With over 1,000 islands dotting its coastline, our kingdom is home to a whole lot more sea-surrounded spots than you've probably realised. From 19th-century forts to natural marine reserves, take a look at the British Isles you never knew existed.
1. Eilean Donan, Scotland
Secreted away in the western Highlands, this small tidal island can be found at the meeting point of Lochs Duich, Long and Alsh. Its main feature is a stunning mid-13th century castle, whose tours provide a glimpse into the area's history of family feuds and Jacobite uprisings. There's even a quaint holiday cottage which sleeps four and offers a great base from which to explore the rest of the Highlands.
2. Lundy, England
Lying approximately 12 miles off the coast of Devon, Lundy is home to England's only marine nature reserve. No one bothers with cars here, your own two feet will be plenty enough to discover the village and its 13th century castle, whilst a wetsuit and a fearless approach to English sea temperatures will suffice for taking advantage of the island's superb diving and snorkelling safaris.
3. Piel Island, England
You'll be assured of a royal welcome on this particular Cumbrian outcrop. Piel Island may only be 50 acres and home to no more than a castle, a couple of houses and a pub, but the pub's owners are the King and Queen of their own little kingdom (really, the landlord's official title is King of Piel). You can pitch up a tent just about anywhere for just £5 a night, or snuggle up away from the elements in the Ship Inn's comfortable rooms.
4. Isle of Bute, Scotland
It used to be one of the most popular holiday destinations in Victorian England, but this Scottish isle in the Firth of Clyde has long since fallen into obscurity. So much the better, for the island lives out its days to the sleepy rhythm of the tides an easy 33 miles from Glasgow. Trek the beaches, visit its gothic stately home, take a wee kayak out onto the water and don't miss the fantastic Bute Jazz Festival which takes place annually in May.
5. Jura, Scotland
This is a Rock and Roll island if ever there was one. Famed for its whiskey distillery, Jura was George Orwell's island of choice for writing his classic 1984 and also the spot where British Acid House band KLF decided to burn £1 million in cash and film it. Hardcore social statements aside, the island offers stunning scenery over the Sound of Islay, as well as an enormous collection of Red Deer which outnumber the human population 30 to one.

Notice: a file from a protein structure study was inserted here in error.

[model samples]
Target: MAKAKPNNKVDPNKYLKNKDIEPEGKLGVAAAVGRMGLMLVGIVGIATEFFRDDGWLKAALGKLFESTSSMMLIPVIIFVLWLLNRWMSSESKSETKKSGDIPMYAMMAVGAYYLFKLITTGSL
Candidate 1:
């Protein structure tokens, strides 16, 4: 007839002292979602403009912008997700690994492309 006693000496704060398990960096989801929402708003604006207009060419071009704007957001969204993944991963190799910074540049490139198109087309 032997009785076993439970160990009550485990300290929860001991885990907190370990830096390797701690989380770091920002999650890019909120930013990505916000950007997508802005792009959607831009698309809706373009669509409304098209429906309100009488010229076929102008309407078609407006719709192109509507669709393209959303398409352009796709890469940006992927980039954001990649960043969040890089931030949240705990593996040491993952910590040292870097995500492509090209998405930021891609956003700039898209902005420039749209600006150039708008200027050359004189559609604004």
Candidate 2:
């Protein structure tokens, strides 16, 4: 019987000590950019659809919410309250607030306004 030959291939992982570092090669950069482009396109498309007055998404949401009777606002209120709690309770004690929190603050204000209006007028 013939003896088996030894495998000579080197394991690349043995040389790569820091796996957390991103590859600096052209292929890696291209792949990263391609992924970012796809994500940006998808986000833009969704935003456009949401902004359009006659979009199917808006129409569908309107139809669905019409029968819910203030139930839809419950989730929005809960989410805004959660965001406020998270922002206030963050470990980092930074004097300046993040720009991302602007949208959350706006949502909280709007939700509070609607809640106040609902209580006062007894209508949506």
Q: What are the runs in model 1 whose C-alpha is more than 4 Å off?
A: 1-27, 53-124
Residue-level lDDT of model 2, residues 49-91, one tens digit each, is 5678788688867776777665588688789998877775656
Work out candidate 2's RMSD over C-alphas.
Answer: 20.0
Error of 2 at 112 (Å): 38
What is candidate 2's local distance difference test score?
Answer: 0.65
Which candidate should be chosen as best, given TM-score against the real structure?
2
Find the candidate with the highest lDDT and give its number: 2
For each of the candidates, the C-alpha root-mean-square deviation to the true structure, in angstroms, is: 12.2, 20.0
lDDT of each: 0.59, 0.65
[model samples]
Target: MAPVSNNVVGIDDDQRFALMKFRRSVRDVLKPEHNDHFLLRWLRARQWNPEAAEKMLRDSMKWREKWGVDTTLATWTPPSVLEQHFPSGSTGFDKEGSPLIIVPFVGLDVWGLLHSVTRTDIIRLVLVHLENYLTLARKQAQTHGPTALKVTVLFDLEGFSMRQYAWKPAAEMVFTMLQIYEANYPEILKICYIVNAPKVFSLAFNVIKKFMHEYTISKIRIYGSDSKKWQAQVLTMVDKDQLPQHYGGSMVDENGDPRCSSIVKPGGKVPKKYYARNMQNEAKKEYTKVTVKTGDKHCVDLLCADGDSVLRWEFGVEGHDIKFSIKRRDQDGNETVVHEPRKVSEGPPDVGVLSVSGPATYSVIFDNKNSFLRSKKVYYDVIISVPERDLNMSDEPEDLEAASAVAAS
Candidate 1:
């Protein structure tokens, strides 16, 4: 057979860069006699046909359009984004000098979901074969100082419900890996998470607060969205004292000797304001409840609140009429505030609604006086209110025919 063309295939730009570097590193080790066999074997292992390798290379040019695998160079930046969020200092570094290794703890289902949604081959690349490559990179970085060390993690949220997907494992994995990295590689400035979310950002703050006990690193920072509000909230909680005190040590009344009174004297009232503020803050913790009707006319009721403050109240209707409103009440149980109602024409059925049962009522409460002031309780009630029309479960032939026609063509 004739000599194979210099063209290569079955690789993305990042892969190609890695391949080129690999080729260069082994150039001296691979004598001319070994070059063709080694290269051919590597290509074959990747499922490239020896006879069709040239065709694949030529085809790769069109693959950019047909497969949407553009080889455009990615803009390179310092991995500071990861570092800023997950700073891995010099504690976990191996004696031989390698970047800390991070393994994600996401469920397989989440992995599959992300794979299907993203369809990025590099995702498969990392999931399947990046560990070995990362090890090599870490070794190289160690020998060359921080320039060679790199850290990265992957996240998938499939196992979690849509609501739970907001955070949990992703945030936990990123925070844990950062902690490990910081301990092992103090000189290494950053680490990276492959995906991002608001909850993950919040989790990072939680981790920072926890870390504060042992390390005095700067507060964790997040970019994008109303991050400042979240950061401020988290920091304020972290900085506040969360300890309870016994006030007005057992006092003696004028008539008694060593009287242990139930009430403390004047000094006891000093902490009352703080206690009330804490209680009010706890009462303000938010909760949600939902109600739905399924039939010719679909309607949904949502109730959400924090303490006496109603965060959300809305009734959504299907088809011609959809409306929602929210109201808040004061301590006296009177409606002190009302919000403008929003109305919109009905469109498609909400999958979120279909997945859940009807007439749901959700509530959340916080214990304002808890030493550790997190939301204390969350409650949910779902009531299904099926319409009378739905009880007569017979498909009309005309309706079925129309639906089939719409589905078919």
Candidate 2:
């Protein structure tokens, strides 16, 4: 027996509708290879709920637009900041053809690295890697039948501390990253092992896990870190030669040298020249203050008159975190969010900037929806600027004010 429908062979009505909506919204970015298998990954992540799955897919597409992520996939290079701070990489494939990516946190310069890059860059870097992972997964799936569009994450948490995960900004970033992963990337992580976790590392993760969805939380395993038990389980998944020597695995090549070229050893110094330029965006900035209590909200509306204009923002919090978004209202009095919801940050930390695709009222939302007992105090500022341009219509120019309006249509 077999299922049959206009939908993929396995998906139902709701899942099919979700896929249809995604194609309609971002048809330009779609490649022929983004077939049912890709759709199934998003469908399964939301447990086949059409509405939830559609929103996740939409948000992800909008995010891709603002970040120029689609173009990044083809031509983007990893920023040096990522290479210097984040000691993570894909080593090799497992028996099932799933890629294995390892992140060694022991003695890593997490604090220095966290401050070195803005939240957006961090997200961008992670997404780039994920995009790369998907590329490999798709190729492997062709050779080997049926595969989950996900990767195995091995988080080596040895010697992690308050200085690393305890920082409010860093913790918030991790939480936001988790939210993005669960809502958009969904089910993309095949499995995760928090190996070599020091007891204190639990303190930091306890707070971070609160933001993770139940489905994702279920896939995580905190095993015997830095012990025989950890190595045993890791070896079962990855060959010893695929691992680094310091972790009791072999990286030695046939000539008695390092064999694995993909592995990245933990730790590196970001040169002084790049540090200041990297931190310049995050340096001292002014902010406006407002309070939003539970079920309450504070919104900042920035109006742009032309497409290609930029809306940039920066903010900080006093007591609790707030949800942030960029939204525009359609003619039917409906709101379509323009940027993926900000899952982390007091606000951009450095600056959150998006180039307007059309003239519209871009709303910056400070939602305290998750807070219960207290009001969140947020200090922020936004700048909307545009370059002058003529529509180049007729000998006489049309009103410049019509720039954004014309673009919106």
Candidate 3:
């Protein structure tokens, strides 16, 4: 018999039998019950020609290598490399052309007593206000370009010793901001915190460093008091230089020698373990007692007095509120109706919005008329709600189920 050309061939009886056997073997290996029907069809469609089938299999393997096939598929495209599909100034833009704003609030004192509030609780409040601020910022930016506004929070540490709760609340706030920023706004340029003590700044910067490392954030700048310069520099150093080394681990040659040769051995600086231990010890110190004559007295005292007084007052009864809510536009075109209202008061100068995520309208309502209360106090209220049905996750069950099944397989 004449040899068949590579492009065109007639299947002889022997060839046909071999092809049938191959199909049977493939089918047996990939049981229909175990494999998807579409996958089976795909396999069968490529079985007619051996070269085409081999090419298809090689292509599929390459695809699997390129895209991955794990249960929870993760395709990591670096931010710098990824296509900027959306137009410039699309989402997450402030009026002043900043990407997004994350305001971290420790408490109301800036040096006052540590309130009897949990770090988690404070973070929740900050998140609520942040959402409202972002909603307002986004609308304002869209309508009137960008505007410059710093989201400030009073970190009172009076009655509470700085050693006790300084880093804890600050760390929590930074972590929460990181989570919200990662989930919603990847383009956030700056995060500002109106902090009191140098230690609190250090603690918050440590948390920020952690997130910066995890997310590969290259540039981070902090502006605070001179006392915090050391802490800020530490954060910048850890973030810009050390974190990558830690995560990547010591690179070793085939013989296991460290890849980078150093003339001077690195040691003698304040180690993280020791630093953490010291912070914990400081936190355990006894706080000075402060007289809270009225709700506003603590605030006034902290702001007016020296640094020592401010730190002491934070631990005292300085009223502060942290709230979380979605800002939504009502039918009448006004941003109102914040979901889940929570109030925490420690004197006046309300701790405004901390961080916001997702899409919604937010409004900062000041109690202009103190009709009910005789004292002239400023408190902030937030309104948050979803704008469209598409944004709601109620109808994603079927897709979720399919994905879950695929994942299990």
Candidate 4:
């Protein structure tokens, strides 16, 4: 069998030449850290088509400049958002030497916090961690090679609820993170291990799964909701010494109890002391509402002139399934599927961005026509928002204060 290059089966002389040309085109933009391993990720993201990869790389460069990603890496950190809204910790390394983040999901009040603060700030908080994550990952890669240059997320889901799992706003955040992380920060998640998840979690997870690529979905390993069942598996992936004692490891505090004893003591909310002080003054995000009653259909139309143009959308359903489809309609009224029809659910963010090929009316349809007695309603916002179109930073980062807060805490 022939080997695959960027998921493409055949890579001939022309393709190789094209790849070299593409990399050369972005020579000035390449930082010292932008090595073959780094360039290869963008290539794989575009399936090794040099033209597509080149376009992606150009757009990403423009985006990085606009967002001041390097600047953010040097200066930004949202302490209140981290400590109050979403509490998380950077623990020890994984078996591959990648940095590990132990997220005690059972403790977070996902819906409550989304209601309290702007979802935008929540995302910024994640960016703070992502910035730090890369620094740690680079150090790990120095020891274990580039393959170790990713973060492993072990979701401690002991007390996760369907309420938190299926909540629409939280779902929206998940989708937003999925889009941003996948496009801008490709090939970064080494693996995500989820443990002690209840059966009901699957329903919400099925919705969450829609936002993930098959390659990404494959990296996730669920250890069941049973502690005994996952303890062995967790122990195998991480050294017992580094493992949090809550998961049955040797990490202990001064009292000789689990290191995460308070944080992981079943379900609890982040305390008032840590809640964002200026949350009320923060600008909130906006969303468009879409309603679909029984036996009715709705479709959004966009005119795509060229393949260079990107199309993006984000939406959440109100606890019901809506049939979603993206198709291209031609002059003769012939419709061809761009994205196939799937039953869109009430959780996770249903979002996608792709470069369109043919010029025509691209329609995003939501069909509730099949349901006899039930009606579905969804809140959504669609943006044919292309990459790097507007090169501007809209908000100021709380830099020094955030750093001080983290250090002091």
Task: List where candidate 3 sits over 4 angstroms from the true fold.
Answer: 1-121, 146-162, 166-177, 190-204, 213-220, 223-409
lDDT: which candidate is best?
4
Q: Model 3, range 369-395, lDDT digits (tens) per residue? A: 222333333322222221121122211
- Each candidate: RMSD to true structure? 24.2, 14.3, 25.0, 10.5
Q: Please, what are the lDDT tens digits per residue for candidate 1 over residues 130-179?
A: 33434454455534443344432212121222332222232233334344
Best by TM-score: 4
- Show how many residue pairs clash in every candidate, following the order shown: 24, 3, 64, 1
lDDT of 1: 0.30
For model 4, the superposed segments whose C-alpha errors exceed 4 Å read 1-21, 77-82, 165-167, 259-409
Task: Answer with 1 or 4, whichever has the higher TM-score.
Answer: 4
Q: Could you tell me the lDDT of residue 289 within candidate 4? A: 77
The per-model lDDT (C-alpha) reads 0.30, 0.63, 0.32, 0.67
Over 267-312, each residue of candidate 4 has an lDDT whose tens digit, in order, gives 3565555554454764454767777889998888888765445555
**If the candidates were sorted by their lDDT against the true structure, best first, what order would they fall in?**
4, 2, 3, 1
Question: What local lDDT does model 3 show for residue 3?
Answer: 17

6. No Man's Land, England
No Man's Fort was built in the 1800s to protect Portsmouth against attacks from the French. When that particular threat abated, the fort was sold off and reopened in April 2015 as a hotel. Only accessible by helicopter, the luxury hotel boasts its own lighthouse and a host of watersports for adrenalin-seeking guests. You'll also find a BBQ deck for marshmellow-toasting sessions under the stars, rooftop hot tubs and a Lazer Battle arena...
7. Oronsay, Scotland
This tiny island tucked away in the Inner Hebrides is only accessible from neighbouring Colonsay and Skye at low tide. Inhabited only by a few local families, Oronsay is Scottish seclusion at its very best with great views out onto the water and a ruined 14th-century Augustinian priory to explore. It's an easy walk out from Skye, but check tide times carefully before you leave to avoid stranding yourselves.
8. Burgh Island, England
Just off the south coast of Devon, Burgh Island can be reached on foot at low tide but the local hotel has come up with an unusual solution for ferrying its guests back and forth when the route is covered by water. The sea tractor will plough you out across the divide to wander the island's gorgeous beaches. The Burgh Hotel, a tribute to 1930s art-deco splendour, constantly receives top reviews for its food, spa treatments and guest rooms.
9. Saint Michael's Mount, England
Another small tidal island, this time just off the coast of Cornwall, St Michael's Mount embraces everything that it is to be quaint, old England on one rocky outcrop. Slip across on foot at low tide to discover its cobbled streets, 15th-century harbour and a castle that has been home to the St Aubyn family for generations.